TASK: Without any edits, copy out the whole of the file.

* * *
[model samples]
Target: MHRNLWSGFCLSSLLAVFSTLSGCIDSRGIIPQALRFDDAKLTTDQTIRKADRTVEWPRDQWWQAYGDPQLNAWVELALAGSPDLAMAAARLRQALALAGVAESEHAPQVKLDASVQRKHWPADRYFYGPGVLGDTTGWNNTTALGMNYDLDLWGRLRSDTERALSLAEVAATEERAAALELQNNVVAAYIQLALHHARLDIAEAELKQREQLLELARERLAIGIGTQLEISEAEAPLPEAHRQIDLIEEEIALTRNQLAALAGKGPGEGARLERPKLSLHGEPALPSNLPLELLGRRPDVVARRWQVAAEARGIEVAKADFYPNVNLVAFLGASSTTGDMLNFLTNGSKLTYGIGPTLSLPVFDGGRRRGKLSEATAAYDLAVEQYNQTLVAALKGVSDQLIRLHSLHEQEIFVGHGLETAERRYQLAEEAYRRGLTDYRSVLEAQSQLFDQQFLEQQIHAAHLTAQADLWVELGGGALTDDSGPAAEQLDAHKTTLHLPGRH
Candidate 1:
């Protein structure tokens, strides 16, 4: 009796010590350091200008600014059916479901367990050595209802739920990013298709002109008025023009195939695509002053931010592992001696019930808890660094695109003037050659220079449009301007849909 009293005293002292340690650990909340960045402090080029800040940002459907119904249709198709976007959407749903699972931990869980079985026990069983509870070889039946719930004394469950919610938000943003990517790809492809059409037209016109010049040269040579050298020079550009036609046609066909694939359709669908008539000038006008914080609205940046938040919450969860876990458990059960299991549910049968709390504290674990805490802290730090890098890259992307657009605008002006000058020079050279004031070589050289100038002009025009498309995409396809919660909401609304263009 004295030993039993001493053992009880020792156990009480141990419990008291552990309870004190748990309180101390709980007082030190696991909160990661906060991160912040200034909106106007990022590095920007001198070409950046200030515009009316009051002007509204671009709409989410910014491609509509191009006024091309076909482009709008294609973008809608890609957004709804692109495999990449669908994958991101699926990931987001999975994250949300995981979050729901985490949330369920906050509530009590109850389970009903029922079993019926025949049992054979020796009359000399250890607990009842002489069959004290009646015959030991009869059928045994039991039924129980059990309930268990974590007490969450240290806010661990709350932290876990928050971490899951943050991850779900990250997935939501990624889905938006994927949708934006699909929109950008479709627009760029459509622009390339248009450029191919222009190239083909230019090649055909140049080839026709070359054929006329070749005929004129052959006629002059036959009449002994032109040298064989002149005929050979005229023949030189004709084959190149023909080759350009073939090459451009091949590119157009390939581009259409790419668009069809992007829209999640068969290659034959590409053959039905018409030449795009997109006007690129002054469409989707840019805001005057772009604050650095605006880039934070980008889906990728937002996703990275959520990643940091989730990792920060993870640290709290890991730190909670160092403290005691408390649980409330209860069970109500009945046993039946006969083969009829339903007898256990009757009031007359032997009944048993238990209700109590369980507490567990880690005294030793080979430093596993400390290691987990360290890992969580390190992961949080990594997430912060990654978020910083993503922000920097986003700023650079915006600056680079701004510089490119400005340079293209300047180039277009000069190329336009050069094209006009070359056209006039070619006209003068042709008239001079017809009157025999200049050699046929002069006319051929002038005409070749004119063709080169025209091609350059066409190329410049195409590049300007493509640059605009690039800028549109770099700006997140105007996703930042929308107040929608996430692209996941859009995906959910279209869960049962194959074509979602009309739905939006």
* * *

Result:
[model samples]
Target: MHRNLWSGFCLSSLLAVFSTLSGCIDSRGIIPQALRFDDAKLTTDQTIRKADRTVEWPRDQWWQAYGDPQLNAWVELALAGSPDLAMAAARLRQALALAGVAESEHAPQVKLDASVQRKHWPADRYFYGPGVLGDTTGWNNTTALGMNYDLDLWGRLRSDTERALSLAEVAATEERAAALELQNNVVAAYIQLALHHARLDIAEAELKQREQLLELARERLAIGIGTQLEISEAEAPLPEAHRQIDLIEEEIALTRNQLAALAGKGPGEGARLERPKLSLHGEPALPSNLPLELLGRRPDVVARRWQVAAEARGIEVAKADFYPNVNLVAFLGASSTTGDMLNFLTNGSKLTYGIGPTLSLPVFDGGRRRGKLSEATAAYDLAVEQYNQTLVAALKGVSDQLIRLHSLHEQEIFVGHGLETAERRYQLAEEAYRRGLTDYRSVLEAQSQLFDQQFLEQQIHAAHLTAQADLWVELGGGALTDDSGPAAEQLDAHKTTLHLPGRH
Candidate 1:
């Protein structure tokens, strides 16, 4: 009796010590350091200008600014059916479901367990050595209802739920990013298709002109008025023009195939695509002053931010592992001696019930808890660094695109003037050659220079449009301007849909 009293005293002292340690650990909340960045402090080029800040940002459907119904249709198709976007959407749903699972931990869980079985026990069983509870070889039946719930004394469950919610938000943003990517790809492809059409037209016109010049040269040579050298020079550009036609046609066909694939359709669908008539000038006008914080609205940046938040919450969860876990458990059960299991549910049968709390504290674990805490802290730090890098890259992307657009605008002006000058020079050279004031070589050289100038002009025009498309995409396809919660909401609304263009 004295030993039993001493053992009880020792156990009480141990419990008291552990309870004190748990309180101390709980007082030190696991909160990661906060991160912040200034909106106007990022590095920007001198070409950046200030515009009316009051002007509204671009709409989410910014491609509509191009006024091309076909482009709008294609973008809608890609957004709804692109495999990449669908994958991101699926990931987001999975994250949300995981979050729901985490949330369920906050509530009590109850389970009903029922079993019926025949049992054979020796009359000399250890607990009842002489069959004290009646015959030991009869059928045994039991039924129980059990309930268990974590007490969450240290806010661990709350932290876990928050971490899951943050991850779900990250997935939501990624889905938006994927949708934006699909929109950008479709627009760029459509622009390339248009450029191919222009190239083909230019090649055909140049080839026709070359054929006329070749005929004129052959006629002059036959009449002994032109040298064989002149005929050979005229023949030189004709084959190149023909080759350009073939090459451009091949590119157009390939581009259409790419668009069809992007829209999640068969290659034959590409053959039905018409030449795009997109006007690129002054469409989707840019805001005057772009604050650095605006880039934070980008889906990728937002996703990275959520990643940091989730990792920060993870640290709290890991730190909670160092403290005691408390649980409330209860069970109500009945046993039946006969083969009829339903007898256990009757009031007359032997009944048993238990209700109590369980507490567990880690005294030793080979430093596993400390290691987990360290890992969580390190992961949080990594997430912060990654978020910083993503922000920097986003700023650079915006600056680079701004510089490119400005340079293209300047180039277009000069190329336009050069094209006009070359056209006039070619006209003068042709008239001079017809009157025999200049050699046929002069006319051929002038005409070749004119063709080169025209091609350059066409190329410049195409590049300007493509640059605009690039800028549109770099700006997140105007996703930042929308107040929608996430692209996941859009995906959910279209869960049962194959074509979602009309739905939006």